One of the biggest new in the tech industry in recent years was a discovery in a security flaws in the processors on the devices that we use daily. The security flaws named Meltdown and Spectre design flaws (hardware design) that can be exploited on every desktop, laptop, tablet or phone that has a processors designed and created in the past two decades. This also means that it doesn’t really matter which operating system you are using, you can get exploited.
The simplest explanation to what a combination of these two flaws could do are two things: slow down your computer and give the attacker access to your personal data. The technical details are below.
As mentioned previously, these exploits can be used due to a hardware design flaws in the chips. Initially, researchers discovered 3 flaws, two of which are Spectre and the third one is Meltdown. In order for an attacker to get access to your data he would need to exploit two techniques that speed up your pc. Those are speculative execution and caching.
Speculative execution is the chip’s ability to “guess” the future which enables it to compute faster. Today’s chips are able to execute more than one instruction at the same time, which means that while the CPU is executing the instruction that is next in line to be executed it is calculating or guessing the next one. For example, if take a situation where we say that if “sky is blue” is true print out sunny or if “sky is blue” is false print out cloudy (this can be easily shown with a few rows of code, which we will not do). What the speculative execution does is that it starts computing both cases, if it’s true and if it’s false at the same time, so once the condition is completed (once “sky is blue” is true or false) the chip already know what the next step will be and will be able to execute it without having to do computing on that. A similar example is when the chip recognizes that a certain calculation is carried out frequently, so it uses it’s “spare time” to continue doing the calculation so when the program needs it will already be calculated.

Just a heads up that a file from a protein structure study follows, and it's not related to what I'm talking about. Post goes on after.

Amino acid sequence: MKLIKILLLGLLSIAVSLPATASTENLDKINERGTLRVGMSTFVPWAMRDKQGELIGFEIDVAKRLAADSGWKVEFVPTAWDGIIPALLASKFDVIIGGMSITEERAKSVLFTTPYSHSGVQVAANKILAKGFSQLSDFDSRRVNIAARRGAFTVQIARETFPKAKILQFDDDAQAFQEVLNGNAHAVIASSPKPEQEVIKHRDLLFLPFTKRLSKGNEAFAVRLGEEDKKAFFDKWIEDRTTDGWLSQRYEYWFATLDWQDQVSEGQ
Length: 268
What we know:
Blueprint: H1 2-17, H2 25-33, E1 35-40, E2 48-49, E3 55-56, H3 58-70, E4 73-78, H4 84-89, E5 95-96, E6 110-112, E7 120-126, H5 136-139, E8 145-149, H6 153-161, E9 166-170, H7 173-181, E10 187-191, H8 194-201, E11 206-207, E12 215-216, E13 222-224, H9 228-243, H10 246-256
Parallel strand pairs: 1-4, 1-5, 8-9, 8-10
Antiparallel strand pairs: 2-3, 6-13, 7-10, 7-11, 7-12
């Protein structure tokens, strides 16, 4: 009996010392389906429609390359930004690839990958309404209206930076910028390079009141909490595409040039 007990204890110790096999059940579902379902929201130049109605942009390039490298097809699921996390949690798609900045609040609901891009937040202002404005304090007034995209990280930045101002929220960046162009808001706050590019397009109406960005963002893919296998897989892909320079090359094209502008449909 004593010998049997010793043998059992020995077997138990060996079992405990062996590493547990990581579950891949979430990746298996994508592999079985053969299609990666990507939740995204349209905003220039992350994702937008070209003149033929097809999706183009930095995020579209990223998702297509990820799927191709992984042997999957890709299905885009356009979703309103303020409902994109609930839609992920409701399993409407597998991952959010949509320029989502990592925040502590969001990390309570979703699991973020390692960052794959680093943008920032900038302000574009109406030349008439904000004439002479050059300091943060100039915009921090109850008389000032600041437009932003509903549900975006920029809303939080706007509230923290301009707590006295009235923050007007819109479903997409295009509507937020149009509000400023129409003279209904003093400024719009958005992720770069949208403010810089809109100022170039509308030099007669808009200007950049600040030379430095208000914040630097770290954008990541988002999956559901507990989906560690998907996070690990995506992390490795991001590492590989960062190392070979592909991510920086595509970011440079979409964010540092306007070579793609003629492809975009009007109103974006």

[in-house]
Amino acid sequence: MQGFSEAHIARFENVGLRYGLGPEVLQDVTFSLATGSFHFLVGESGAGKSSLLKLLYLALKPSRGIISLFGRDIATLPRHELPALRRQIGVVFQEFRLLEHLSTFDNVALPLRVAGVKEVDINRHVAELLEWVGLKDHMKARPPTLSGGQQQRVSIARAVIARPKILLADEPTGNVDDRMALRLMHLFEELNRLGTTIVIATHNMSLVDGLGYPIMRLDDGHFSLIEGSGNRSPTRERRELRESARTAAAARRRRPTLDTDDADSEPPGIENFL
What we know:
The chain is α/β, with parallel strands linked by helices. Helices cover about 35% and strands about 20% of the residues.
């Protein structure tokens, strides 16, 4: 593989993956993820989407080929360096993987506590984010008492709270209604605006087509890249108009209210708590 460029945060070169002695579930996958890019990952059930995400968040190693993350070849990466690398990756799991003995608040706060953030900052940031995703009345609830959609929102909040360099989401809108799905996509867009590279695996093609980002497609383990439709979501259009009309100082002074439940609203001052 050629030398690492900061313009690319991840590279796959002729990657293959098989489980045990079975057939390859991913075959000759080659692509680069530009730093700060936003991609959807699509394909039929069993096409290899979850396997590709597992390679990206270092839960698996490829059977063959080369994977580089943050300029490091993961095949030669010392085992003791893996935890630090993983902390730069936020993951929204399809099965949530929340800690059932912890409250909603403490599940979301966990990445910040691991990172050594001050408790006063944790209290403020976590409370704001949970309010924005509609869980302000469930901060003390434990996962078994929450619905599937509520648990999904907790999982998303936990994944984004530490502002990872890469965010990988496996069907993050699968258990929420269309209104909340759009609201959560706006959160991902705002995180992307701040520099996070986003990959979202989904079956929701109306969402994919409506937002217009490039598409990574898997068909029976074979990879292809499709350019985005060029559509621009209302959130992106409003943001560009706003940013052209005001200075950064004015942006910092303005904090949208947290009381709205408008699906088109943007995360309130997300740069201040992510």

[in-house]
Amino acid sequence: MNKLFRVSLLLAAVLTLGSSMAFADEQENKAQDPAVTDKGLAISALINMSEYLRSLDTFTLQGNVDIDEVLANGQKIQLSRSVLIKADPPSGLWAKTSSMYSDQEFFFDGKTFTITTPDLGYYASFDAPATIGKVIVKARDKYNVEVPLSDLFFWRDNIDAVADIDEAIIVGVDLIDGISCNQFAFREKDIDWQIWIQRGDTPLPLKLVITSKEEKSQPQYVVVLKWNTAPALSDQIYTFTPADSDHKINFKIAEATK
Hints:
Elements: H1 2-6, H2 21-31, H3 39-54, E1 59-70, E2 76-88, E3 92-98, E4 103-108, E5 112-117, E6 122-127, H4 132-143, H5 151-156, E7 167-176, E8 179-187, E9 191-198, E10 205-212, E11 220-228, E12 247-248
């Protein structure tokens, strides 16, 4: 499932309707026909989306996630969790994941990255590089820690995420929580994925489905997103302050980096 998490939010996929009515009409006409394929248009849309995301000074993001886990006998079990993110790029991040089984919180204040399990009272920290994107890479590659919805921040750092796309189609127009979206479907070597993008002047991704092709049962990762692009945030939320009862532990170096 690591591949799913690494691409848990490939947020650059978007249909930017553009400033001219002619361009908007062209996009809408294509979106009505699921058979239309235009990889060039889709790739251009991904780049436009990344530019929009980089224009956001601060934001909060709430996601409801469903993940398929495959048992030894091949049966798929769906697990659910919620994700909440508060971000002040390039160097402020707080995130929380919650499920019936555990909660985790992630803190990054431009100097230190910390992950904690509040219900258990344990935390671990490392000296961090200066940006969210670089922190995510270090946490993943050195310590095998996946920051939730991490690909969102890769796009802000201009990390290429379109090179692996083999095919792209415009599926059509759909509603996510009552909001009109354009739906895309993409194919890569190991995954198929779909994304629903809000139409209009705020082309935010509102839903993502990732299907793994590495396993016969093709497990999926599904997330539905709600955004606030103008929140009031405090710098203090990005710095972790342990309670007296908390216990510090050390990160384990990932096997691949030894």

Caching is a feature that speeds up the process of getting data from the RAM. Even though every device has a RAM, regardless if it’s 1 gigabyte or 64, the time it takes for the chip to get some data from the actual RAM is a long process (long in computer terms, in our terms is less than a blink of an eye). This might not seem long, but if we take into consideration that the CPU does millions of calculations every second and needs a lot of data to go through, getting data from the RAM will certainly slow things a lot. A solution for this was adding a RAM memory to the actual chip. Even though this RAM is only a few megabytes, the chip stores data that is planning on using in the near future (the near future for a chip might be a few milliseconds) or data that the CPU uses frequently so it stores it in the cache.
Exploiting both of these techniques will cause a problem once they start accessing the protected memory. One of the essentials in a PC security is the protected memory. What this means is that parts of the data are stored protected and the only one that has access to it is the program that uses it. All other programs need to go through a security check called privilege check. The process of checking if a program has privileges to access the data in the protected memory takes long, longer than it takes for the CPU to access the data. So if the data is stored in the cache and the CPU with its speculative execution starts computing it, but still stores it in the cache. So by exploiting these flaws the attackers will not be able to see your data, but will be able to figure it out by finding out the locations. This process is called a side-channel attack.
All manufacturers are already rolling out updates in order to patch the exploits. Google and Firefox have also sent out updates for their browsers in hopes that they manage to beef up the security. One thing needs to be clear> these are hardware flaws, which means that any software or update is working on top of the hardware. A safe update will never be released, but will certainly keep the manufacturers busy with fixing them for future generation chips.
In the next article, we will explain how to protect yourself (as much as possible) from these exploits.
As that’s a hardware flaw, I would say that there is a good chance that the next generation of CPUs will be redesigned from scratch.